I recognise that improving house insulation is difficult and exactly one of those things that politicians make noise about but achieve nothing. It is one of those effects where the state expects that the state will fund what amounts to incompetence in handling one's capital. You bought a house which is badly insulated and expensive to run. Part of me wants to ask why it is that anyone else is responsible for your bad choice? Why should the state pick up this bill? We have energy efficiency rating for houses, the EPC, but if you look at house prices, the market does not reflect any recognition that this has importance. That is wrong and has been wrong and should have been nudged to good effect a long time ago. We could set regulation that affects the prices landlords and home-owners perpetuate; I am sure there is a lot more we could do to change the way we view inefficient housing but, instead of pushing up the value of the efficient, we should be lowering the value of the inefficient. We could do that quite easily (I.e at low political cost). For example, providing a (temporary) reduction in (council) tax for succeeding in shifting the EPC up a category – in effect providing a return on the spend incurred.

[90] https://theconversation.com/energy-discounts-are-a-sticking-plaster-heres-a-long-term-solution-to-soaring-household-bills-176402?utm_medium=email&utm_campaign=Latest%20from%20The%20Conversation%20for%20February%207%202022%20-%202194321754&utm_content=Latest%20from%20The%20Conversation%20for%20February%207%202022%20-%202194321754+CID_d57aa3d6a67cd9095f7b5ac9004f702d&utm_source=campaign_monitor_uk&utm_term=help%20tackle%20climate%20change

[91] https://www.carbonbrief.org/analysis-cutting-the-green-crap-has-added-2-5bn-to-uk-energy-bills

[92] https://www.ofgem.gov.uk/news-and-views/blog/how-youre-protected-when-energy-firms-collapse  I can see that switching from a failed supplier will often result in paying a higher tariff—that makes sense, the company guessed the market behaviour and the market move scuppered the plan and the company—but I do not see why this generates additional money demand. I can see that the way in which gas is paid for means that the suppliers are paying for the gas in advance of collecting charges and that therefore there is a significant lag in cash flow when the (gas) price rises, in that there could easily be six months to a year's delay in recovering money spent. I can see that this might well incur borrowing charges. I can see that therefore any existing supplier deemed a supplier of last resort (SoLR) will set the 'new' charge to be as high as it can get away with (energy price caps apply) and again that this means that the customer sees a jump in energy price. I still do understand how companies going out of business generates other charges that the customer must pay for; how do we have liability for their failure? Yes, bills will go up, but one has known this for most of a year already (and allowed for it, advancing the direct debit already).  Government has made it clear that we will not prop up failing companies – this is not in customers’ interests.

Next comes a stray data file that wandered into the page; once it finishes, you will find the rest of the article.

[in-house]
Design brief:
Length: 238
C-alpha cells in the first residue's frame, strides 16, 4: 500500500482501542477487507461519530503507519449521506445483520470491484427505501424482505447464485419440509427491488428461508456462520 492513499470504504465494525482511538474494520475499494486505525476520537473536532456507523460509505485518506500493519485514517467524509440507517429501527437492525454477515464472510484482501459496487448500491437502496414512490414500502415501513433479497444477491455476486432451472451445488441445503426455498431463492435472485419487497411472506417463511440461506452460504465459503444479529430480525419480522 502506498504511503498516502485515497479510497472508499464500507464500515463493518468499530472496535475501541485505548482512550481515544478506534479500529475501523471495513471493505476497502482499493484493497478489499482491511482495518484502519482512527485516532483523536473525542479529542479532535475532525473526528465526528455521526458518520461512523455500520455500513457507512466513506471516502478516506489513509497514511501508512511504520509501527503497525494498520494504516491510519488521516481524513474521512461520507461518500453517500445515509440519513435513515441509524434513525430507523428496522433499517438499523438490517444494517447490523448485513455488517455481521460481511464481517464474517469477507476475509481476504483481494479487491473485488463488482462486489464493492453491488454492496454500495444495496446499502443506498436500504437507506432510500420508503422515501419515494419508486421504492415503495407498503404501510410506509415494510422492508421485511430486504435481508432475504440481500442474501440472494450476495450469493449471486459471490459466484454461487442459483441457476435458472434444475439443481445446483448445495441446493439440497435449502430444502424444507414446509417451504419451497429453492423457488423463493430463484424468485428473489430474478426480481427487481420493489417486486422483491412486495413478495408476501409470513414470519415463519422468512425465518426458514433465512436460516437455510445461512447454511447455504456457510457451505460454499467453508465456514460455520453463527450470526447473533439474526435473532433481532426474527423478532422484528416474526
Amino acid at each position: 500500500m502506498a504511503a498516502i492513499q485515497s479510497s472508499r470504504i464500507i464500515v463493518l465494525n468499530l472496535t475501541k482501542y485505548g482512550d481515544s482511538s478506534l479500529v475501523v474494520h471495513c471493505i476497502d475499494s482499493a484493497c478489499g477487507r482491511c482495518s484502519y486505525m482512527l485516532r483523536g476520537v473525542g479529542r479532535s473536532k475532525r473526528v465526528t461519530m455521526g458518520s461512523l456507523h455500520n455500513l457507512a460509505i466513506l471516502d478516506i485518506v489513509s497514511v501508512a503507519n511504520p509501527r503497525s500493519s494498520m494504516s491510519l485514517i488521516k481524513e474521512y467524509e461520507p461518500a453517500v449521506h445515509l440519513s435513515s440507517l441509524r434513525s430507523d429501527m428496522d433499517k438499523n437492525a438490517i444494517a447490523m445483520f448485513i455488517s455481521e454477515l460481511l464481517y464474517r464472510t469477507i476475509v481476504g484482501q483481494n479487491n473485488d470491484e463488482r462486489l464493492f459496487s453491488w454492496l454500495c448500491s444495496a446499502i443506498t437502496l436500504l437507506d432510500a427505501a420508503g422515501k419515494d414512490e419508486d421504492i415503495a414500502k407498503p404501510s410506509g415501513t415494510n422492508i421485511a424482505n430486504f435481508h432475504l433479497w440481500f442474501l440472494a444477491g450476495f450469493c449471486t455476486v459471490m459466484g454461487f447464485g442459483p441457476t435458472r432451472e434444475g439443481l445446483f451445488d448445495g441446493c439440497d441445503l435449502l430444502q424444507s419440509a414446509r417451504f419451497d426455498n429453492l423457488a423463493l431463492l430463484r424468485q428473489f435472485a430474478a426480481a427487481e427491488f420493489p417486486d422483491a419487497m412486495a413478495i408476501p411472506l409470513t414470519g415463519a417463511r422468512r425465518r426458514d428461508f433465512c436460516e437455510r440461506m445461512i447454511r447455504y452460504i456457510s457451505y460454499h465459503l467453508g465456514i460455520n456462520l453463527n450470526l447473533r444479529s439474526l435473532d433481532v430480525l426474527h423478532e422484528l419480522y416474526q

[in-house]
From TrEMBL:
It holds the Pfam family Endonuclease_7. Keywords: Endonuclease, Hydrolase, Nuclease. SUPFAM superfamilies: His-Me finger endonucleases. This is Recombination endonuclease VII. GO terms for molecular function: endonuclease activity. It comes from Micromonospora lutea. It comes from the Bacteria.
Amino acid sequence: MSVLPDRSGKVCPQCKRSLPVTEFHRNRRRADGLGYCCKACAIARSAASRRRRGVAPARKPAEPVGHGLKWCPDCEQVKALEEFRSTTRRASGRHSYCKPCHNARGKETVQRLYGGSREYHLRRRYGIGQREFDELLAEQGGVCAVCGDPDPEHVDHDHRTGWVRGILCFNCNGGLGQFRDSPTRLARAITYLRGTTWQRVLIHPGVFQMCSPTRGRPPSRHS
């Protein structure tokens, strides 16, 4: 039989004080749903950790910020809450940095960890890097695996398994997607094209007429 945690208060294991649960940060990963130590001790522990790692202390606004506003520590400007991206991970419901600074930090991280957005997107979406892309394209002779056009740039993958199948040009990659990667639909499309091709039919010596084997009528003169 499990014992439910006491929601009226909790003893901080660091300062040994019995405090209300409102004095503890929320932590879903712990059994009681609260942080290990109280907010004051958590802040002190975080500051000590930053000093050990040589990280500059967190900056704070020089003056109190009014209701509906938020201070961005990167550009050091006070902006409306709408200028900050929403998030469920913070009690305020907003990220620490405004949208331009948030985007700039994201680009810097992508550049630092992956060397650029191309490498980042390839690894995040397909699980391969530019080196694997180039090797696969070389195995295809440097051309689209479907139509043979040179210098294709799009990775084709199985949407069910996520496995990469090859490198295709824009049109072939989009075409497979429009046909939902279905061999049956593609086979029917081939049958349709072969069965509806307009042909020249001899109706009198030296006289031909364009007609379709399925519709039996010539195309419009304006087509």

[94] https://www.ons.gov.uk/peoplepopulationandcommunity/housing/articles/energyefficiencyofhousinginenglandandwales/2021The mean in England is an EPC of 66, where 68.5 is the boundary between categories D and C. I have several times bought at D/E and sold at C, where B is a target rarely achieved. This house is one such, bought at an EPC of 52 (E) and already at 70 (C) mostly thanks to the solar panels. Nudging that up to B requires cavity insulation (not for Blackpool) or replacing the floors, which is such a significant intrusion it is cheaper by far to give up and move on. But there is the national problem in a nutshell; it should not be that way; there should be sufficient incentive to us (me) to raise the insulation standard up to category B. In the case of this house, which is in a conservation area, that solution, as I see it, requires replacing the floors wholesale so that copious insulation occurs, changing the heating to be in the floor at the same time, and probably lining all the external walls with 100-150mm of insulation, perhaps with triple glazing to the north face. If we were not in a conservation area I'd do the insulation on the outside. I note that the EPC indicates estimated costs, saying ours are over £7k per year. Rubbish, try £2k before the changes we wrought, though the estimates did have the proportional reduction about right. Cost of energy per square metre would be a much better measure for comparing properties. Here, about £6/m²/year in 2022. You could affect such a number by declaring more house as 'outside' or 'buffer space', meaning unheated, like our 'garage' that is 'workshop', or the lobby between the front doors.